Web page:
Article: Why disagreeing with colleagues is good

Culture

Why disagreeing with colleagues is good

Disagreements are healthy. Think its crazy to say this? Wait till you read about the many benefits of challenging each other.
Why disagreeing with colleagues is good

Friction, as we all know, may not have a positive ring to it, but a lack of it signals a problem. Sure, all of us want to have an idyllic workspace with no tensed conversations, but can we really prosper in such an environment? The answer is a resounding NO

Harmony is overrated

We should really get rid of our cloaks and go full throttle on expressing discontent. We don’t want you to pick fights though. Just wake yourself up from the dormant state of always agreeing with our co-workers and bosses. Most importantly, stop taking ‘no’ for an answer! 

Voicing a concern doesn’t always mean you’re dissenting. All you are doing is exercising your mind and right to contribute. When you disagree, you bring many benefits on the table which may not be easily visible at first.

But, before we take this forward, we want you to stick to a rule of thumb: monitoring your tone and attitude. Because if you aren’t careful you run the risk of escalating disagreements into heated arguments. Now, over to discussing the benefits. 

You can learn and grow together

Sometimes we fear offending our colleagues. We worry obsessively about ‘what if they don’t see my point’ or ‘what if they take an offense’. But, the more you dwell on this fear, the worse it gets. You will go back with a conflicting mind and crib about it. Not exactly the kind of peace of mind you wanted? So, instead of chickening out, draw attention to facts and logic. Hold a constructive debate so that each of you leaves the room with a lesson.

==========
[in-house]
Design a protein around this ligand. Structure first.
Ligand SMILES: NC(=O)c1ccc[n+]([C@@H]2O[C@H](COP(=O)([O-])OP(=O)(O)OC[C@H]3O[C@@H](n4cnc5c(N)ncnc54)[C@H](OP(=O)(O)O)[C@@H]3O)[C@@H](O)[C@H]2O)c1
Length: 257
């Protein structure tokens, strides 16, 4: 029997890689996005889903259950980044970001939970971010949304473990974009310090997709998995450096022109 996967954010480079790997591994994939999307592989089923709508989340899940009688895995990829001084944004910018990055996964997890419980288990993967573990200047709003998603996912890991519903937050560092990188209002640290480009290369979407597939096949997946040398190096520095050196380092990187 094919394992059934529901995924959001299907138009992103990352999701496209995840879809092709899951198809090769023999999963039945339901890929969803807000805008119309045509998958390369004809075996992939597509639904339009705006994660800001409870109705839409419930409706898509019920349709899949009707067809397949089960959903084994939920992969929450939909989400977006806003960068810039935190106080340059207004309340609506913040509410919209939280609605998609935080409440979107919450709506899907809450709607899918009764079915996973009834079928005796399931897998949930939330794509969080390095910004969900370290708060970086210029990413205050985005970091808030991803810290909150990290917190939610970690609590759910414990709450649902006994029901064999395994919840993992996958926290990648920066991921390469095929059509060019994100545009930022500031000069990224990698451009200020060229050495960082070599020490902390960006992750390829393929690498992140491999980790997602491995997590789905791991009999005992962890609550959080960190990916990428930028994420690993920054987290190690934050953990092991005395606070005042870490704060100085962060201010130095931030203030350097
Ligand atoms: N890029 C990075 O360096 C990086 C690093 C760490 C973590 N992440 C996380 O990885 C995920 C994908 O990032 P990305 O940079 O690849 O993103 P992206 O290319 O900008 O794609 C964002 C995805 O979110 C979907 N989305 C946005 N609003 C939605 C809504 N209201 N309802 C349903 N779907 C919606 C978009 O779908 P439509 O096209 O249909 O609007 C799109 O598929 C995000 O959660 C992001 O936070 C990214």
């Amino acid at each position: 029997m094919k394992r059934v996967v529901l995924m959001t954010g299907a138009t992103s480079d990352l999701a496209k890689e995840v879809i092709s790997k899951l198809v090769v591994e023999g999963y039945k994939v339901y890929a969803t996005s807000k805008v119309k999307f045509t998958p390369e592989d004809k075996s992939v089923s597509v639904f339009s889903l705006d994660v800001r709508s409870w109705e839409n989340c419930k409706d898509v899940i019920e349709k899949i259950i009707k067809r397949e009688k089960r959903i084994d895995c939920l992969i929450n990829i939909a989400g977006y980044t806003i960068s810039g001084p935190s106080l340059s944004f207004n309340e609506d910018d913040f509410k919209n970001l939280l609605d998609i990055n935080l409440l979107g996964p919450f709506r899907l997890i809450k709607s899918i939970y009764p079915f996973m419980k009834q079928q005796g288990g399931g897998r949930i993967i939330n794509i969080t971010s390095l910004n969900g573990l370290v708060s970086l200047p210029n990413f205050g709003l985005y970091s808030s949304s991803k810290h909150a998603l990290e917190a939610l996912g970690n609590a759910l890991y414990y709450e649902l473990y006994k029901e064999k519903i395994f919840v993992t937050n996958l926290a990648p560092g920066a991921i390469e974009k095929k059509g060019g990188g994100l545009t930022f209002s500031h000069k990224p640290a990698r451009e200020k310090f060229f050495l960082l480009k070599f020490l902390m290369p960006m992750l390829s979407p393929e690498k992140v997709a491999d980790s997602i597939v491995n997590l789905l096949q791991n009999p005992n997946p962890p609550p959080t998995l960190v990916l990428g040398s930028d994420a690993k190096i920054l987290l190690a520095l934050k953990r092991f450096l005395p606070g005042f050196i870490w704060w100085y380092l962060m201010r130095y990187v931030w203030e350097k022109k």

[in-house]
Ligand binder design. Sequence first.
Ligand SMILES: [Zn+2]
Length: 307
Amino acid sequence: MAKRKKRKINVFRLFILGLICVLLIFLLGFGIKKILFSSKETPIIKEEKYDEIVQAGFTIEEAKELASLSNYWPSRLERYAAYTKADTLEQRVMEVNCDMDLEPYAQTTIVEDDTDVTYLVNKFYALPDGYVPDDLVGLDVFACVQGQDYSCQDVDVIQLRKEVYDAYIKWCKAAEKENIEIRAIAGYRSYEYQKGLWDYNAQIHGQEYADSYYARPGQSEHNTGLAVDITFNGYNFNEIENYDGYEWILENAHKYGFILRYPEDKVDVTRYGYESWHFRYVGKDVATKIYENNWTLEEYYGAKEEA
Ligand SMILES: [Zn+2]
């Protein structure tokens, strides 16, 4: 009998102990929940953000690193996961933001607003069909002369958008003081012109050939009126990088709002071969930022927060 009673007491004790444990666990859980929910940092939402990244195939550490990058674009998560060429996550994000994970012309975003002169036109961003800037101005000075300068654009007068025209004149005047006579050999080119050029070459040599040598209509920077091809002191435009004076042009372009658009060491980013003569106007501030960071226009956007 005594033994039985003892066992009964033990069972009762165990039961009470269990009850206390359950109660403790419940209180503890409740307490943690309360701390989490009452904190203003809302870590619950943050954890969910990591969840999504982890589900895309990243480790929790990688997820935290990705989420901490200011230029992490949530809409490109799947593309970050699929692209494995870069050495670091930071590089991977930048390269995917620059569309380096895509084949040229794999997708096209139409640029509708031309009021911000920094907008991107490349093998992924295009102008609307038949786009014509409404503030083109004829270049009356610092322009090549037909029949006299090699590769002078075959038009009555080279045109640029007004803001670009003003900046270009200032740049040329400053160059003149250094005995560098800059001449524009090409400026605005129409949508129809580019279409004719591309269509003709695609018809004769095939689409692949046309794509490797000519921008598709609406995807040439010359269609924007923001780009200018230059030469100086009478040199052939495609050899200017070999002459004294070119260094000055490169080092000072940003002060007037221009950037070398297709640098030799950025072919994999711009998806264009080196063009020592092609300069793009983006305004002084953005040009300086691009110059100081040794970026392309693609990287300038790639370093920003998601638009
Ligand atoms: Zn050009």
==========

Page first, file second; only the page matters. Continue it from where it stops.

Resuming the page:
If you are the one being challenged then you must learn to stop feeling embarrassed just because you were questioned. Keep your emotions under check and don’t retort unthinkingly. 

It makes space for fresh perspective

Imagine this. You’ve been cooking pasta one way all your life. You boil pasta, drain the water and add the sauce. One day there’s a potluck organized at work. To your surprise, you notice that one of your colleagues cooked pasta different from the way you do. You ask for the recipe and silently think – ‘was I living under the rocks’ to not know we could add red wine to my pasta’! You see that NEW may not always be a threat. You can always benefit from a fresh perspective. Surround yourself with people who don’t undermine innovative thinking. They are the ones who will teach you the importance of learning every day.

It sows seeds of better interpersonal relationships

In a conflict situation, it is easy to take your colleague as your enemy. Chances are that you may even want to storm out of the room or get into a heated argument. Unfortunately, that’s not how it should be. So, stop making meeting rooms a personal battleground. Don’t fight with those who disagree with you. Instead, acknowledge their points of view. Keep up the collaborative approach and work closely with each other. 

Ask questions and listen with an intent to arrive at a solution which is best for the company. Only when you stop being conflict-averse can you develop meaningful relationships at work. As a matter of fact, you will look forward to coming to work every day than sulk about your situation.

In simple words, we must make a place for disagreements at work if we want to accomplish more. It starts with knowing that the benefits of conflicts are real. Then comes getting comfortable having heated discussions and learning how to express yourself without hurting others or taking arguments personally. Initially, you may hesitate to raise your concern but don’t cave in. Cast aside all your fears of ever being questioned or ridiculed for speaking your mind. Initially, it may seem difficult but you will learn to articulate yourself better with time.

Topics: Culture, Life @ Work, Employee Relations

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